When students filled the halls of King College Prep here on Wednesday, there was a sea of purple and red.
Purple was the favorite color of Hadiya Pendleton, 15, a classmate and member of the school's majorette team, which had just returned from Washington after performing at an event celebrating the inauguration of President Barack Obama.
Red symbolized gun violence, because Pendleton was killed on Tuesday by a gunshot to her back while hanging out with friends in a park not far from Obama's family home.
The details of her death shook Chicago and gave fuel to gun-control advocates in the running debate over firearms. The story traveled back to Washington on Wednesday, where Sen. Richard J. Durbin, D-Ill., mentioned Pendleton during a Senate Judiciary Committee hearing about gun violence, and the White House press secretary, Jay Carney, called it "another example of the problem that we need to deal with."
The shooting was not unfamiliar for some in Chicago, where gun violence has contributed to at least 40 deaths this year and more than 500 homicides in 2012.
"But you don't think at 2 in the afternoon at a park you're going to lose the one you love and care about," said Klyn Jones, a friend ...(Continued on next page)
who was with Pendleton on the day she died.
Friends described Pendleton as a girl with an easy smile and generous nature. She loved Latin class and had worked hard on her overhand serve for the school volleyball team.
The inauguration trip was an inspiration, Jones said. "He was an African-American from Chicago, and she is too," Jones said. "It goes to show that as long as you put your mind to something, you can do it and affect the world."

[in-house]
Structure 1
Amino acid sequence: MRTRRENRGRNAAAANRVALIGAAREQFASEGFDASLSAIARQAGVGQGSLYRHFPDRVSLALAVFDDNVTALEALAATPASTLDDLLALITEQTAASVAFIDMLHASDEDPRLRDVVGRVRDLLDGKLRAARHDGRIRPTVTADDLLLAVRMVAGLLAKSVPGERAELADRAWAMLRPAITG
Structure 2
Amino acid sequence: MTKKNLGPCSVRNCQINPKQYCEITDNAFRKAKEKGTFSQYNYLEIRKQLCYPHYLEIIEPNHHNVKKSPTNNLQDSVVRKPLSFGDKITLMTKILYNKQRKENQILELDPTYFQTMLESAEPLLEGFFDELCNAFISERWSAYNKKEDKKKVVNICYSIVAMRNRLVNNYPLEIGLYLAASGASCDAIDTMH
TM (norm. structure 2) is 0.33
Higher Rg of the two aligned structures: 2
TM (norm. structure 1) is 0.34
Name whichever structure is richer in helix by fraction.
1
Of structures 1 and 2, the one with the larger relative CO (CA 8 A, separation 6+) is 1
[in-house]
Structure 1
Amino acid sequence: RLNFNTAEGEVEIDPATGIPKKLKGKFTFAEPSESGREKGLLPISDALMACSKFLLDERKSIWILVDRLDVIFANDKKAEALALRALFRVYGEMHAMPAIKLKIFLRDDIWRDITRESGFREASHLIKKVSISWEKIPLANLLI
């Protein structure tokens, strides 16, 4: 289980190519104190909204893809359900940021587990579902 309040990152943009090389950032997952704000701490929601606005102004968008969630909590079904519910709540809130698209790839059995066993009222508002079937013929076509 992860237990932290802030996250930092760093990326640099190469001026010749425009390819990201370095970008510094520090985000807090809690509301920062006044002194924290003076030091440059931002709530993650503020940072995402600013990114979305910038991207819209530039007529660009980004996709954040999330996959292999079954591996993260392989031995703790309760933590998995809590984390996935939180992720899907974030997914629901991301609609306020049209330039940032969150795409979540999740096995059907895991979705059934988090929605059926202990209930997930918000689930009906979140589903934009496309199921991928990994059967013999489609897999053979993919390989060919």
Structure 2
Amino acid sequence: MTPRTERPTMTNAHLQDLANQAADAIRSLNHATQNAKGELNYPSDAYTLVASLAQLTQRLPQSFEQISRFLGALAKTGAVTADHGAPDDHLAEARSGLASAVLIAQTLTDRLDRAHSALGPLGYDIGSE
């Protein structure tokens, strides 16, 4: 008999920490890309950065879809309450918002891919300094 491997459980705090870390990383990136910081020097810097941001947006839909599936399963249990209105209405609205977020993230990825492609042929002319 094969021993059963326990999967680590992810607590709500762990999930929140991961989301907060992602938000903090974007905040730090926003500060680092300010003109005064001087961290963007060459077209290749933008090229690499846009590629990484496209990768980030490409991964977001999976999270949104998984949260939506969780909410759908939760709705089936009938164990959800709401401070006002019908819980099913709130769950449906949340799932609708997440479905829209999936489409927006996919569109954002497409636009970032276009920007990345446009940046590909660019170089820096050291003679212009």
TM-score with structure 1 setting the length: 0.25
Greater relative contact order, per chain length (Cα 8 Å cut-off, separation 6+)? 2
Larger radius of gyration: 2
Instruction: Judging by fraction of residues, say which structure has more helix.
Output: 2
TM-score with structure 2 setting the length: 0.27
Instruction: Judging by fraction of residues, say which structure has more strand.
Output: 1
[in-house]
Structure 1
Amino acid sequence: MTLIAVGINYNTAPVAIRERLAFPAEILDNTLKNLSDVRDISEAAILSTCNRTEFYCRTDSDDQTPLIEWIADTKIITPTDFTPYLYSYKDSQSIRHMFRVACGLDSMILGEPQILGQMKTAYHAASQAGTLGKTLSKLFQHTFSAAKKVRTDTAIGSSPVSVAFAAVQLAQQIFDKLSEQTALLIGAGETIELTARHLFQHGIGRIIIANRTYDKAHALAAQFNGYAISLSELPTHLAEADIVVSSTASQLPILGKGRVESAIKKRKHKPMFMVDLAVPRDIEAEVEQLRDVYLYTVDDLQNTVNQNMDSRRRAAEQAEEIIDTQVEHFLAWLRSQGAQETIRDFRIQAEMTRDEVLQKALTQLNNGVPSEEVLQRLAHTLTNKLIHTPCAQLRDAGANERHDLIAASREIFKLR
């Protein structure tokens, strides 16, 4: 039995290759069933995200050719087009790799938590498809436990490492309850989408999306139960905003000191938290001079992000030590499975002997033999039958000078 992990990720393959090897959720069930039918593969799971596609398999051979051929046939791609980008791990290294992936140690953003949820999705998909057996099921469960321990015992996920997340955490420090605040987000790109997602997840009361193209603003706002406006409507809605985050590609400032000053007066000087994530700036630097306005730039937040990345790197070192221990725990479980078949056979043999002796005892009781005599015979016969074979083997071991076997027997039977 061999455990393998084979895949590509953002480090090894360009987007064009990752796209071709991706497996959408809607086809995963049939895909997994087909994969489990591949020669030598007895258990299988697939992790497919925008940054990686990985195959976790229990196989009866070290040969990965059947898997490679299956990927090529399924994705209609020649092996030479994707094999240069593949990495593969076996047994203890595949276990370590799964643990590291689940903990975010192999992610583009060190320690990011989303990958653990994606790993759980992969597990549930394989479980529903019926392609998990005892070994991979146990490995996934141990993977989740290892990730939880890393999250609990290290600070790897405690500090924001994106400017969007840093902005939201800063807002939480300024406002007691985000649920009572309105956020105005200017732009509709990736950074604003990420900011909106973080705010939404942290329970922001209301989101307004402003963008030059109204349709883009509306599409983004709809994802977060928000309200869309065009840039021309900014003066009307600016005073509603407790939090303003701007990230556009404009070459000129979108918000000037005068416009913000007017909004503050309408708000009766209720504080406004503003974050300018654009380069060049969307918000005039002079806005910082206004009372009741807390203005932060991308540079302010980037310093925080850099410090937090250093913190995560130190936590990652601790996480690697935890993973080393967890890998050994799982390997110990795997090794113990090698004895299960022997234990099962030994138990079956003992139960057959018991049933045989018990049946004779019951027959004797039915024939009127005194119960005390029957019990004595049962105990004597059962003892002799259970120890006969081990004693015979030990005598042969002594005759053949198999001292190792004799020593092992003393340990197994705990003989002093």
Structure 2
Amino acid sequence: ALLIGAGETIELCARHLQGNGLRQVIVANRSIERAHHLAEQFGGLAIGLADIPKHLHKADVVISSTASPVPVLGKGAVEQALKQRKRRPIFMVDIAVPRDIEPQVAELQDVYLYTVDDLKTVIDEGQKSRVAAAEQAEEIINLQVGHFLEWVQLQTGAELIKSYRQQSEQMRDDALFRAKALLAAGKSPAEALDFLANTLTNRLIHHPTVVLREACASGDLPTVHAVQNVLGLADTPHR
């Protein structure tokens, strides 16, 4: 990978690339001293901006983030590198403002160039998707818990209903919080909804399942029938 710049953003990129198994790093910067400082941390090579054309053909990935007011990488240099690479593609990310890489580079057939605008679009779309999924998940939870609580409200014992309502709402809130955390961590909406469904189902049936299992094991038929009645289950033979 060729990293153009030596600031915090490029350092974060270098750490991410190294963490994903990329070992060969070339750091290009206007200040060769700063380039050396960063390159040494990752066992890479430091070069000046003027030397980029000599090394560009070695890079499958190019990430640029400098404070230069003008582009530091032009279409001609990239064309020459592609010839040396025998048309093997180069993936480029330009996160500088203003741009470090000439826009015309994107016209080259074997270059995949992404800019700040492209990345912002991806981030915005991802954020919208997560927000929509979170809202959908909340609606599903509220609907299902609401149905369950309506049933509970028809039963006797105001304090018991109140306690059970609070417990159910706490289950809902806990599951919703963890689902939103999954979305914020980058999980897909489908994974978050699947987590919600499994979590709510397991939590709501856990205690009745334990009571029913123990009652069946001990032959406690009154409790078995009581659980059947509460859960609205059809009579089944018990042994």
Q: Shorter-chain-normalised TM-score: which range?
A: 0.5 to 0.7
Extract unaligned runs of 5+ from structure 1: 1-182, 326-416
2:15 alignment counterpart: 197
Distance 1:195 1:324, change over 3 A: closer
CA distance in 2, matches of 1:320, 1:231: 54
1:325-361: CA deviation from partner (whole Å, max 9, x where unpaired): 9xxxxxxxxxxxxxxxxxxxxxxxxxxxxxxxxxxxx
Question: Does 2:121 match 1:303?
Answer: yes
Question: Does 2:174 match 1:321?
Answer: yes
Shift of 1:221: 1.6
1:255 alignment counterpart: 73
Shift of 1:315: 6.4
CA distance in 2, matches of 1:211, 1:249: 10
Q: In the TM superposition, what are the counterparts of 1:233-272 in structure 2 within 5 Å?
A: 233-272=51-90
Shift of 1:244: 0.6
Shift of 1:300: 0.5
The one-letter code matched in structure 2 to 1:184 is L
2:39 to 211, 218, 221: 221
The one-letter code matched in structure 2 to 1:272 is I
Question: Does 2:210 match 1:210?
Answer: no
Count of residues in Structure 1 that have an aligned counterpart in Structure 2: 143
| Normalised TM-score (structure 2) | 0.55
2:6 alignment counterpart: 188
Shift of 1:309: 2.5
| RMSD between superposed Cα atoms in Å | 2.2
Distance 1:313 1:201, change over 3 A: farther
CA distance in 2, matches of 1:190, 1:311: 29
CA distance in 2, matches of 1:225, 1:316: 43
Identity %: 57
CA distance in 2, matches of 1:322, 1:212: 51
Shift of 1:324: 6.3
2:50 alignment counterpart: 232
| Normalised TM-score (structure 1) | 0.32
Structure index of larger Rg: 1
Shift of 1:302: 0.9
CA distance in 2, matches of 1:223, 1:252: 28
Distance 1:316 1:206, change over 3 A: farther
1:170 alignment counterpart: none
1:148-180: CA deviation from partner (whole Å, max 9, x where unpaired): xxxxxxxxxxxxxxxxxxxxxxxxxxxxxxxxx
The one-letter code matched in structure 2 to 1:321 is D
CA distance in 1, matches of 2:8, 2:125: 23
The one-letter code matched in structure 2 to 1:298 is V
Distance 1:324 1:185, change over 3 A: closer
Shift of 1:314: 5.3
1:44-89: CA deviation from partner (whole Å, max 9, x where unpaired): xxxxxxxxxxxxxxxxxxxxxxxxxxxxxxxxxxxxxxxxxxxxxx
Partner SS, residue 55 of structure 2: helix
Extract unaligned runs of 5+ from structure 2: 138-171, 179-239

But on Tuesday, Pendleton and about 12 friends were at a park on the city's South Side, not far from the University of Chicago campus. When it started to rain, they all took shelter under a canopy. Jones said she looked up from her phone and saw a man jumping a fence.
He ran toward the group and started shooting, then jumped into a vehicle, which drove away, according to the police.
"It is believed that the offender mistook the group for gang members and fired at them," said Joshua Purkiss, an officer with the Chicago Police Department.
Another boy was shot once in the leg, but is in good condition. A third victim had a graze wound.
Jones said a friend cradled Pendleton's head in her lap as they waited for the ambulance. Jones held her hand. They thought she would pull through.
At the hospital, they received the news. (Steven Yaccino reported from Chicago, and Catrin Einhorn from New York)
© 2013, The New York Times News Service